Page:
Creating collages can be awesome. It’s a creative experience, and one filled with excitement once you’ve uploaded your file to the printers to have them print it, and send it to you. Maybe even frame it.
But it’s also nerve-wracking for those who know a little about graphics and printing and can result in bitter disappointment for those who don’t. That’s if you get your image accepted by the printers anyway. Many, including us use software to determine the image quality before accepting it for printing.
When the software determines that the image is of too low quality to be able to print to a high-quality standard, you’ll get a message that tells you basically that no – we can’t do that.
What it really means is your image is a low-resolution image and cannot be used to print to the size you want. Most often, for the print to be of quality, the size would be so miniscule you wouldn’t want it anyway.
What you really need is to convert a low-resolution image to a one of a higher resolution.
In a perfect world, you’d be able to look at your print properties, change the 72 ppi to a 300 ppi then carry on. That’s your pixels per inch. When you’re transferring them for online printing, those pixels per inch need translated into a dpi, meaning dots per inch. And if you try your hand at PhotoShop, they’ll throw you a curve ball by introducing an lpi, which stands for lines per inch. It’s enough to make you give up on the whole notion of creating your digital collage.
What you can do
If you’re a PhotoShop Pro, you could alter the image using the image resampler feature.
For those who aren’t a pro in graphics design, that’s an expensive option just to resize your image. The next best thing is to use a free alternative to PhotoShop and one of those is Gimp. It’s a free desktop application with many of the features of PhotoShop, but it doesn’t give you the resampler feature.
For that reason, it takes a little creativity. Just like most workarounds to expensive solutions do. Creativity goes a long way.
So here’s the simplest way to increase the quality of your low resolution photos and other images…
Cut and crop
That’s it. Instead of one massive image that’s low quality, cut parts of it out. There’s the option to use layers and you will need to use that option to create a collage.
What you’re doing is breaking the image up into different images, and then layering them on top of each other. In practice, for a collage of nine photos, you’d need to create nine different individual photos, save each file, and then select open as layers.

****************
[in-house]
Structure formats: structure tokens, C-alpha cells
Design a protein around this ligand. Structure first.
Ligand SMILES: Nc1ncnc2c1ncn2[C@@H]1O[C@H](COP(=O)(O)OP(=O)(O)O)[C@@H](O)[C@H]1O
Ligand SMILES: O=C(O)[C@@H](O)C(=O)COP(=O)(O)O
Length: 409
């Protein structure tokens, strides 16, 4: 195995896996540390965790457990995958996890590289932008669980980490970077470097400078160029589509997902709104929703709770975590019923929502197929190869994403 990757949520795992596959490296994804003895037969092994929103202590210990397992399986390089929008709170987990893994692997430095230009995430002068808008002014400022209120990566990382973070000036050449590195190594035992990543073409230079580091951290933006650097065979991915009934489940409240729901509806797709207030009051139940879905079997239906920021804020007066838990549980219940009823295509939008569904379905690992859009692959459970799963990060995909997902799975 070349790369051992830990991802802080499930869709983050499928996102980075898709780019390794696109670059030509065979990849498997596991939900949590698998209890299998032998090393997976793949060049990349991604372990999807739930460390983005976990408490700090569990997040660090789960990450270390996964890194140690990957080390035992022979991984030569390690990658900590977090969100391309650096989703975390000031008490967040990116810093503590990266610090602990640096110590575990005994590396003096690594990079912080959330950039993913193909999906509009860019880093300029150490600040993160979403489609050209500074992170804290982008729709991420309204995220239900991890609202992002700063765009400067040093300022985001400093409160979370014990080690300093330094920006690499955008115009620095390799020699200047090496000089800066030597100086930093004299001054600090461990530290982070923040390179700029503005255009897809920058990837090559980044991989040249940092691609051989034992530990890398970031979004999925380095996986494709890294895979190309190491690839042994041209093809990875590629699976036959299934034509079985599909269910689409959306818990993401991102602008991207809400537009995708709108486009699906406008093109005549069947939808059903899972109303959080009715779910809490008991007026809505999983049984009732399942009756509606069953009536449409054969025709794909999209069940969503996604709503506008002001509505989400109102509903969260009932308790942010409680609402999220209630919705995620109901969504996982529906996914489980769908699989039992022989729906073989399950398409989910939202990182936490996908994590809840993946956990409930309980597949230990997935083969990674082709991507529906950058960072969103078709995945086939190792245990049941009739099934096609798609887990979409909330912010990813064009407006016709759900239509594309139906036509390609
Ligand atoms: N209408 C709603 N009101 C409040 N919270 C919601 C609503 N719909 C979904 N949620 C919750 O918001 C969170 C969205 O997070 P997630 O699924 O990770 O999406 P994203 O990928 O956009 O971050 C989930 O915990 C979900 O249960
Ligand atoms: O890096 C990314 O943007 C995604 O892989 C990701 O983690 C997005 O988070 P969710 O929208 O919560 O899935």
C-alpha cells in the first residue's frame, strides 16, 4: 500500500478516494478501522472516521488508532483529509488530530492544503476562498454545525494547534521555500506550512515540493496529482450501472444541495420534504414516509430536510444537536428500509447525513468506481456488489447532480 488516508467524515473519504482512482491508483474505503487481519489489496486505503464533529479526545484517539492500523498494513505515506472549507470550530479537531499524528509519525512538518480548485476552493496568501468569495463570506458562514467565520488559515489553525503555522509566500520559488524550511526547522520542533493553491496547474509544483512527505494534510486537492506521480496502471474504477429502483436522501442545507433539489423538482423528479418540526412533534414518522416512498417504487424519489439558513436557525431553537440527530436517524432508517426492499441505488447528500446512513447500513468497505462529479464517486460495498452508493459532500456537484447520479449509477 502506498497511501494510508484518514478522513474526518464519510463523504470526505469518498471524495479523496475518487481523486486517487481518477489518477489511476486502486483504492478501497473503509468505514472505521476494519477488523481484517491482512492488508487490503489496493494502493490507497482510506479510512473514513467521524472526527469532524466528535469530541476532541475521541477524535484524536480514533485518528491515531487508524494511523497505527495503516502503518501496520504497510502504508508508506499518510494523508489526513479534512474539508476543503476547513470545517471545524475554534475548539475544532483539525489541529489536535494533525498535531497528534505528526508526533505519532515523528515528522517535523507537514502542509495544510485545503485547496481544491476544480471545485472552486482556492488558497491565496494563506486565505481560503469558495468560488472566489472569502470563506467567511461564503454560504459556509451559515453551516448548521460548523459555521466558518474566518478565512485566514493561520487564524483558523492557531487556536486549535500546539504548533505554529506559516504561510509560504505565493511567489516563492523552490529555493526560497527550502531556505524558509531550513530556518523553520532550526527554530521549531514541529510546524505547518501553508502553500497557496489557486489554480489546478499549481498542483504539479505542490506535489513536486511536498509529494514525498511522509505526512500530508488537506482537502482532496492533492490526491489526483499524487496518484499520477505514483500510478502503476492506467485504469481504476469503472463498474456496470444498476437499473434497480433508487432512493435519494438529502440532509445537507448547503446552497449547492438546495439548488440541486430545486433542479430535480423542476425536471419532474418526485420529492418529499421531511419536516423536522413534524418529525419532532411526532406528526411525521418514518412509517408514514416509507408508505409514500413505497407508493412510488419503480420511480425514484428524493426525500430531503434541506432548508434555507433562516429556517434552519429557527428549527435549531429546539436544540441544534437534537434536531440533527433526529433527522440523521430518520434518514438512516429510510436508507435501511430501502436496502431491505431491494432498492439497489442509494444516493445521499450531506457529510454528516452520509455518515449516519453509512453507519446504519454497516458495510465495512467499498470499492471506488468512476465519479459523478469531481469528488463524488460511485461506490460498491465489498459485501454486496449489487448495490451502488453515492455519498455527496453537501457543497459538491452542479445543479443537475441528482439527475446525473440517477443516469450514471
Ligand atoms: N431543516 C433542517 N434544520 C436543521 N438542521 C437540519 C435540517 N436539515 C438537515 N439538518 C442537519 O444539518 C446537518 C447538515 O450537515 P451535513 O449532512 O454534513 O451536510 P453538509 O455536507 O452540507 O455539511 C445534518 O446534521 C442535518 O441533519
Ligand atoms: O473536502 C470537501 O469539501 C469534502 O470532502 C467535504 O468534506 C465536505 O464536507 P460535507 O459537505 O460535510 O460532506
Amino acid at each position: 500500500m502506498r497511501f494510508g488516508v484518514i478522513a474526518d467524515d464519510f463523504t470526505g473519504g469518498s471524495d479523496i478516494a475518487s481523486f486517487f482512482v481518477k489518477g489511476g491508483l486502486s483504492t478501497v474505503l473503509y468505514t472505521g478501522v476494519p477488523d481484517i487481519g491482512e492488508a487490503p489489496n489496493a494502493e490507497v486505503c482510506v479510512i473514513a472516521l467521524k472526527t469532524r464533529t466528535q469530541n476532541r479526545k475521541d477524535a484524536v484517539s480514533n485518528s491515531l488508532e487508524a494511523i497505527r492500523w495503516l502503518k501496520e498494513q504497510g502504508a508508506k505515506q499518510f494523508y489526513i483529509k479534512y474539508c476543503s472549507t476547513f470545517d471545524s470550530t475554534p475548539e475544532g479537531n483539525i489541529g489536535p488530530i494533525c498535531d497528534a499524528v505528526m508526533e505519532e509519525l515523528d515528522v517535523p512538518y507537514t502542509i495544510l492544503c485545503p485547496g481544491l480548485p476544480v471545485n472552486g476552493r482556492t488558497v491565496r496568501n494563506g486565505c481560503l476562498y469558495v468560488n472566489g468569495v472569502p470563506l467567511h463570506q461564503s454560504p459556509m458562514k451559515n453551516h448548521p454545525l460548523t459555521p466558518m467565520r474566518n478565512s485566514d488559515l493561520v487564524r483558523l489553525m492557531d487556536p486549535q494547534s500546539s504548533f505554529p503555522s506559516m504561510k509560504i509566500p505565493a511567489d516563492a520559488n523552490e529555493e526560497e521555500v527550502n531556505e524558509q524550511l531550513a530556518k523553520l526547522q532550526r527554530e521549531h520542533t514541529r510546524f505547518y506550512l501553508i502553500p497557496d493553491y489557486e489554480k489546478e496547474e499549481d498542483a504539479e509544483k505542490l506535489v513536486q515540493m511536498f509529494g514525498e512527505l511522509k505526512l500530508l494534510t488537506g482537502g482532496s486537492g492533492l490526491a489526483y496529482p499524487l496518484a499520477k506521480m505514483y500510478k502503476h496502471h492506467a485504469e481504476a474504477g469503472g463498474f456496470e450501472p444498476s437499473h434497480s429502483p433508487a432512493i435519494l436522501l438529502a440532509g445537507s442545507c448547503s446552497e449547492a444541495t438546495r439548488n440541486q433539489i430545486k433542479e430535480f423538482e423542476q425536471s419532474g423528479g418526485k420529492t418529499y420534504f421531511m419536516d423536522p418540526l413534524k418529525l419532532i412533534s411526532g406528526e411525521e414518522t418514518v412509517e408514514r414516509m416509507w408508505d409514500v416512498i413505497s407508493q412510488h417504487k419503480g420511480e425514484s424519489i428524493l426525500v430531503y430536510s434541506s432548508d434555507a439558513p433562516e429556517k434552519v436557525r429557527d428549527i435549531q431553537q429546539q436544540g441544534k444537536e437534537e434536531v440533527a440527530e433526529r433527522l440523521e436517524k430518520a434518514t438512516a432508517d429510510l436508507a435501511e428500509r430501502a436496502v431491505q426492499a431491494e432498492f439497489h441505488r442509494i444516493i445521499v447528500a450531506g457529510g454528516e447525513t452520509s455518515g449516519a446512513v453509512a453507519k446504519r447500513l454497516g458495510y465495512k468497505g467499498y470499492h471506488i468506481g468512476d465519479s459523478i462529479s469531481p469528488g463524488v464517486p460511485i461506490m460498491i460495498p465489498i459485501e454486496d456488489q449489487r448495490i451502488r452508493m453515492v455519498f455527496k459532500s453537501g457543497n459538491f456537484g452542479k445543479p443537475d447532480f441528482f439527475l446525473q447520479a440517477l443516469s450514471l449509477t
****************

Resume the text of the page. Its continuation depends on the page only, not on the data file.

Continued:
Once each photo is added, select the flatten image option, save it, open another layer, insert your next photo, position it and keep on going until you have all nine images.
Saving your new image
When you save your final version of the image you want to print, the format you save it in matters. JPEG file formats are best avoided because when you save as JPEG, it’s going to compress the file which results in certain aspects being lost, such as transparency which that format doesn’t support. Another problem with JPEG is bright white colours can be printed with a yellow tint because they don’t support RGB (Red, Green and Blue) and CYMK (cyan, magenta, yellow, and key (black) colour profiles.
A popular choice is to save images using PNG format, as it supports the two main colour profiles used in print – RGB and CYMK.
What it also does though is disregards the pixels per inch (ppi) which makes it an unstable file format for printing your photo.
When digital photos are printed, the pixels per inch need to be translated into dots per inch. Ppi to dpi.
The safest file format to do that is to save your images as a TIFF (Tag Image File Format).
The best option would be a vector graphic, but they’re difficult to create when you’re reproducing images, rather than creating them. For upscaling what’s called raster images (TIFF, JPEG, PNG) into high quality and print ready images, save it as a TIFF image, then try uploading it. You’ll likely find the alterations to the image results in a higher resolution.
If you still find that the image isn’t of a decent enough quality to print, there is a math whizz that went to work creating a tool that crunches the pixel numbers for you.
BeFunky.com has an image resize tool. It’s something you may find handy if you find you’ve tried to upload your photos only to find the resolution isn’t high enough to order a print. By altering the pixels in the image, it should be able to scale to a slightly larger size than you were previously able to prior to resizing it.
You can also crop and enhance your images and print as a collage by using our unique photo editing tools on our photo collage page.